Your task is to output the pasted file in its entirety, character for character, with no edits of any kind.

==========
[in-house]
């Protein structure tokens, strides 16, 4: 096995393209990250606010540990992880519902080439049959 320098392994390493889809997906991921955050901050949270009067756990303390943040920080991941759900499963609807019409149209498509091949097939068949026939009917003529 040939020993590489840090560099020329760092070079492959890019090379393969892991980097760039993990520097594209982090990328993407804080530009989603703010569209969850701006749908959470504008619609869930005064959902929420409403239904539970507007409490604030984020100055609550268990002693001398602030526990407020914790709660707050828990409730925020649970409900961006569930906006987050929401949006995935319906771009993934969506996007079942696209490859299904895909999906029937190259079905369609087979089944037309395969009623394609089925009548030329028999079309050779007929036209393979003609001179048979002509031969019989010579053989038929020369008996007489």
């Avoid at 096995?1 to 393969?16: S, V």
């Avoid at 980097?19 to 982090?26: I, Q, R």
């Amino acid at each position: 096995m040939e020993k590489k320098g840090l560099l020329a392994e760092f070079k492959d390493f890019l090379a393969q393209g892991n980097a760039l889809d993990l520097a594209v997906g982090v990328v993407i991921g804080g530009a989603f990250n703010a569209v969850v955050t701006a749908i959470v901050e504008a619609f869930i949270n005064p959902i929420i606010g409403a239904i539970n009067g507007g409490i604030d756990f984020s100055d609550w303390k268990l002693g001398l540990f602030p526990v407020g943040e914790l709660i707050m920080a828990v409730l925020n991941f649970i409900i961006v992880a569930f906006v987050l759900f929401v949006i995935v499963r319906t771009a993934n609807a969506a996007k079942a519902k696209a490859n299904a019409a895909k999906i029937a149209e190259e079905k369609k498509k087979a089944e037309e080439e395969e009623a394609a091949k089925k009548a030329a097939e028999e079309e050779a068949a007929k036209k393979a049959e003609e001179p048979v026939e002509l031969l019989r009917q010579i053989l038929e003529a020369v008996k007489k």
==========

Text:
[in-house]
């Protein structure tokens, strides 16, 4: 096995393209990250606010540990992880519902080439049959 320098392994390493889809997906991921955050901050949270009067756990303390943040920080991941759900499963609807019409149209498509091949097939068949026939009917003529 040939020993590489840090560099020329760092070079492959890019090379393969892991980097760039993990520097594209982090990328993407804080530009989603703010569209969850701006749908959470504008619609869930005064959902929420409403239904539970507007409490604030984020100055609550268990002693001398602030526990407020914790709660707050828990409730925020649970409900961006569930906006987050929401949006995935319906771009993934969506996007079942696209490859299904895909999906029937190259079905369609087979089944037309395969009623394609089925009548030329028999079309050779007929036209393979003609001179048979002509031969019989010579053989038929020369008996007489």
């Avoid at 096995?1 to 393969?16: S, V």
């Avoid at 980097?19 to 982090?26: I, Q, R």
């Amino acid at each position: 096995m040939e020993k590489k320098g840090l560099l020329a392994e760092f070079k492959d390493f890019l090379a393969q393209g892991n980097a760039l889809d993990l520097a594209v997906g982090v990328v993407i991921g804080g530009a989603f990250n703010a569209v969850v955050t701006a749908i959470v901050e504008a619609f869930i949270n005064p959902i929420i606010g409403a239904i539970n009067g507007g409490i604030d756990f984020s100055d609550w303390k268990l002693g001398l540990f602030p526990v407020g943040e914790l709660i707050m920080a828990v409730l925020n991941f649970i409900i961006v992880a569930f906006v987050l759900f929401v949006i995935v499963r319906t771009a993934n609807a969506a996007k079942a519902k696209a490859n299904a019409a895909k999906i029937a149209e190259e079905k369609k498509k087979a089944e037309e080439e395969e009623a394609a091949k089925k009548a030329a097939e028999e079309e050779a068949a007929k036209k393979a049959e003609e001179p048979v026939e002509l031969l019989r009917q010579i053989l038929e003529a020369v008996k007489k």